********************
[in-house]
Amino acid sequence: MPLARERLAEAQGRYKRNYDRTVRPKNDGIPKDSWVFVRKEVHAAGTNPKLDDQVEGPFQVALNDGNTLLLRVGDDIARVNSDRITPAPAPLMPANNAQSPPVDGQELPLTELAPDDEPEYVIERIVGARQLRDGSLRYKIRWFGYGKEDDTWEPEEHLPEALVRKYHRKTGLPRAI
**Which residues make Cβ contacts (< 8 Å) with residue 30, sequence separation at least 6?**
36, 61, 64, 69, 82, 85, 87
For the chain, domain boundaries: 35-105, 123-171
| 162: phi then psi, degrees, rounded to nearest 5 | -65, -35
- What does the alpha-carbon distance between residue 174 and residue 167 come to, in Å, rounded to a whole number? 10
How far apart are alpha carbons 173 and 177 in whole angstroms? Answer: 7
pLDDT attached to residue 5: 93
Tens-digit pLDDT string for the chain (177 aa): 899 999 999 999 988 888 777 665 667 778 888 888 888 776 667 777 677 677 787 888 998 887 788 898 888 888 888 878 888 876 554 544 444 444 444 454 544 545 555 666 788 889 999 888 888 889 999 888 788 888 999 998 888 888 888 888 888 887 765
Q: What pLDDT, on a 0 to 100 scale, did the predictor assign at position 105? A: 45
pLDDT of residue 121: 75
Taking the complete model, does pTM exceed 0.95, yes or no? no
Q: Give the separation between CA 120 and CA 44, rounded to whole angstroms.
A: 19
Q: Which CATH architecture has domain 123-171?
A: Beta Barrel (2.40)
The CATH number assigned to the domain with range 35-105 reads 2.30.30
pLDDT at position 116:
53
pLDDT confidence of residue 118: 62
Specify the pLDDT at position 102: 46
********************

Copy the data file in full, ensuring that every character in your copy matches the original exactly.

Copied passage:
[in-house]
Amino acid sequence: MPLARERLAEAQGRYKRNYDRTVRPKNDGIPKDSWVFVRKEVHAAGTNPKLDDQVEGPFQVALNDGNTLLLRVGDDIARVNSDRITPAPAPLMPANNAQSPPVDGQELPLTELAPDDEPEYVIERIVGARQLRDGSLRYKIRWFGYGKEDDTWEPEEHLPEALVRKYHRKTGLPRAI
**Which residues make Cβ contacts (< 8 Å) with residue 30, sequence separation at least 6?**
36, 61, 64, 69, 82, 85, 87
For the chain, domain boundaries: 35-105, 123-171
| 162: phi then psi, degrees, rounded to nearest 5 | -65, -35
- What does the alpha-carbon distance between residue 174 and residue 167 come to, in Å, rounded to a whole number? 10
How far apart are alpha carbons 173 and 177 in whole angstroms? Answer: 7
pLDDT attached to residue 5: 93
Tens-digit pLDDT string for the chain (177 aa): 899 999 999 999 988 888 777 665 667 778 888 888 888 776 667 777 677 677 787 888 998 887 788 898 888 888 888 878 888 876 554 544 444 444 444 454 544 545 555 666 788 889 999 888 888 889 999 888 788 888 999 998 888 888 888 888 888 887 765
Q: What pLDDT, on a 0 to 100 scale, did the predictor assign at position 105? A: 45
pLDDT of residue 121: 75
Taking the complete model, does pTM exceed 0.95, yes or no? no
Q: Give the separation between CA 120 and CA 44, rounded to whole angstroms.
A: 19
Q: Which CATH architecture has domain 123-171?
A: Beta Barrel (2.40)
The CATH number assigned to the domain with range 35-105 reads 2.30.30
pLDDT at position 116:
53
pLDDT confidence of residue 118: 62
Specify the pLDDT at position 102: 46